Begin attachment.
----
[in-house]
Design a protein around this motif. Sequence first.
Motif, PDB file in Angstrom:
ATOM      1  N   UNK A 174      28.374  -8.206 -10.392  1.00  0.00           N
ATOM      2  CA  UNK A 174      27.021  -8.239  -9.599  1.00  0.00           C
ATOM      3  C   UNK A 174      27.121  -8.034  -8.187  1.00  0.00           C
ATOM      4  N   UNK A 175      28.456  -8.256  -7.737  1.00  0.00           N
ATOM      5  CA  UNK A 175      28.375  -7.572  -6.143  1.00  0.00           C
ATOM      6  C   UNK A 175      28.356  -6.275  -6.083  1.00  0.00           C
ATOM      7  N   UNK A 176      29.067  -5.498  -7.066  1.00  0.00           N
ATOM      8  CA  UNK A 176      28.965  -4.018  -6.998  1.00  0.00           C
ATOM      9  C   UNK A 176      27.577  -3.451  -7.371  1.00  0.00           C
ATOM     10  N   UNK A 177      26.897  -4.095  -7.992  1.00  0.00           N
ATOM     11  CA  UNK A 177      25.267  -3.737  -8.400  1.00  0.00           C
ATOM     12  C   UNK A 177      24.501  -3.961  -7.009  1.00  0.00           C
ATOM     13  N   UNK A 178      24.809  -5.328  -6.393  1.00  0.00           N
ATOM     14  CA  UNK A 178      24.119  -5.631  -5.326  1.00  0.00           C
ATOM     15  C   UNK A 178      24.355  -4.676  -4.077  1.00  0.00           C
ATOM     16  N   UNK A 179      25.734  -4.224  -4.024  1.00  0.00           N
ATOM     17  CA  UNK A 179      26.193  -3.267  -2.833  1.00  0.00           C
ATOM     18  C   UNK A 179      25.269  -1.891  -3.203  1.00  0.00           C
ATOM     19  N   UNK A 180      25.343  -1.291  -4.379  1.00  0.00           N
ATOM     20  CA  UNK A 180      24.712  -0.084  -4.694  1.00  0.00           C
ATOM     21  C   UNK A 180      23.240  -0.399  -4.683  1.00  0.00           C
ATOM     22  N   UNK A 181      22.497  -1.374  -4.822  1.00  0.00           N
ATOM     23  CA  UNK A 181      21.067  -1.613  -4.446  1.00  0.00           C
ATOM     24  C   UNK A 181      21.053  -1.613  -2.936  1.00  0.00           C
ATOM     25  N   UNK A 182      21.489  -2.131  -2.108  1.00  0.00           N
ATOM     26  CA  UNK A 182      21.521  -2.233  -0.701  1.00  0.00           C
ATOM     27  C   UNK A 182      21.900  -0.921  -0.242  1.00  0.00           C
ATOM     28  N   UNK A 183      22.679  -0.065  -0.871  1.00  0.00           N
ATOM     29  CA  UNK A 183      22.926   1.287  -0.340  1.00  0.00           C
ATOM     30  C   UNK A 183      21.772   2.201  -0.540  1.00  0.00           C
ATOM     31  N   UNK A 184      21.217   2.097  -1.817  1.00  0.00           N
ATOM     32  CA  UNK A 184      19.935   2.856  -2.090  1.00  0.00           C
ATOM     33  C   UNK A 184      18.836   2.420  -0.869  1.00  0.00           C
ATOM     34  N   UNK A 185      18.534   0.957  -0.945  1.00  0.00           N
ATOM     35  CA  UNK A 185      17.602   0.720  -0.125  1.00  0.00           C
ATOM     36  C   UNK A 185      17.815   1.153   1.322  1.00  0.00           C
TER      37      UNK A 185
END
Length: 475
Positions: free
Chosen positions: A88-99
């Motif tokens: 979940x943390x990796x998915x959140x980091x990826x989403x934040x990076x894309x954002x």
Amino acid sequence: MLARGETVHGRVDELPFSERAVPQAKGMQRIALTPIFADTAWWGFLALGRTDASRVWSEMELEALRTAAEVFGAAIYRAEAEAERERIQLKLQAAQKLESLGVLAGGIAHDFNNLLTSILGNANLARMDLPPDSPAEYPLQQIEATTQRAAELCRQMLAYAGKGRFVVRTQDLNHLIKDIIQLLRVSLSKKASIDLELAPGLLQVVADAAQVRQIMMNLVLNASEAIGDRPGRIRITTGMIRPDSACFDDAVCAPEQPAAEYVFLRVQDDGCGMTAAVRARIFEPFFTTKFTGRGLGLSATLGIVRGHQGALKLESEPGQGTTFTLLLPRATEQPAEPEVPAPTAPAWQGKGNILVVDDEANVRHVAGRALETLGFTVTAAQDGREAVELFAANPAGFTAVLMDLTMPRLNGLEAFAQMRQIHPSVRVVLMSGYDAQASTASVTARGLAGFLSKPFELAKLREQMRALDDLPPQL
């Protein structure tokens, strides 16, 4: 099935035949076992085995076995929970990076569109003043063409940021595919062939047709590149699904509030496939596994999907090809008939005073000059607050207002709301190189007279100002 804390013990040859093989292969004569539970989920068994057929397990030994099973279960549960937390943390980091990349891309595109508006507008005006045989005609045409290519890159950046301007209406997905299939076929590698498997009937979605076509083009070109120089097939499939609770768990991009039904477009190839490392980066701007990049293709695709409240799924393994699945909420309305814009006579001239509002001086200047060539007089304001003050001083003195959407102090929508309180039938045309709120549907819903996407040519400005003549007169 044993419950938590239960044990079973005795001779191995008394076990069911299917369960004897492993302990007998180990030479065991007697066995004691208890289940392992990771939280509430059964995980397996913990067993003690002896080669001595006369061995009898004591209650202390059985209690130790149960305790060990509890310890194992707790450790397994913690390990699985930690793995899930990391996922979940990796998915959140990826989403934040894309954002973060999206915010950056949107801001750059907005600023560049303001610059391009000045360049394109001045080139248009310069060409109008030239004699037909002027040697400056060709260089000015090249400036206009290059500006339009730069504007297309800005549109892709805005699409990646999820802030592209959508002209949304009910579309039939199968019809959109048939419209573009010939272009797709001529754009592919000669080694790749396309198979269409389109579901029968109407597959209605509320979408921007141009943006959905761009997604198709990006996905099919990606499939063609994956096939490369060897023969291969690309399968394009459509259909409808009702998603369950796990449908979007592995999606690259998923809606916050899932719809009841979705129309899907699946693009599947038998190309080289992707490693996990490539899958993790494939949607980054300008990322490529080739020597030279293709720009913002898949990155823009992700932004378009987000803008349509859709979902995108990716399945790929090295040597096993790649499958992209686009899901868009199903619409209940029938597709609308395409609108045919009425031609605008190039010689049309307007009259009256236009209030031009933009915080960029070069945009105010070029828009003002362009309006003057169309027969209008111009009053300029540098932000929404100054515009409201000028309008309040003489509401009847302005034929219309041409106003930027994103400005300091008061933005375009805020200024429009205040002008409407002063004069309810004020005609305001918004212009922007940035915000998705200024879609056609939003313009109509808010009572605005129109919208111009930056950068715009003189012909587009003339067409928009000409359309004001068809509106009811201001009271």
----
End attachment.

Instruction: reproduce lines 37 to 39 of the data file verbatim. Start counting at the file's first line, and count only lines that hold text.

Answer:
ATOM     34  N   UNK A 185      18.534   0.957  -0.945  1.00  0.00           N
ATOM     35  CA  UNK A 185      17.602   0.720  -0.125  1.00  0.00           C
ATOM     36  C   UNK A 185      17.815   1.153   1.322  1.00  0.00           C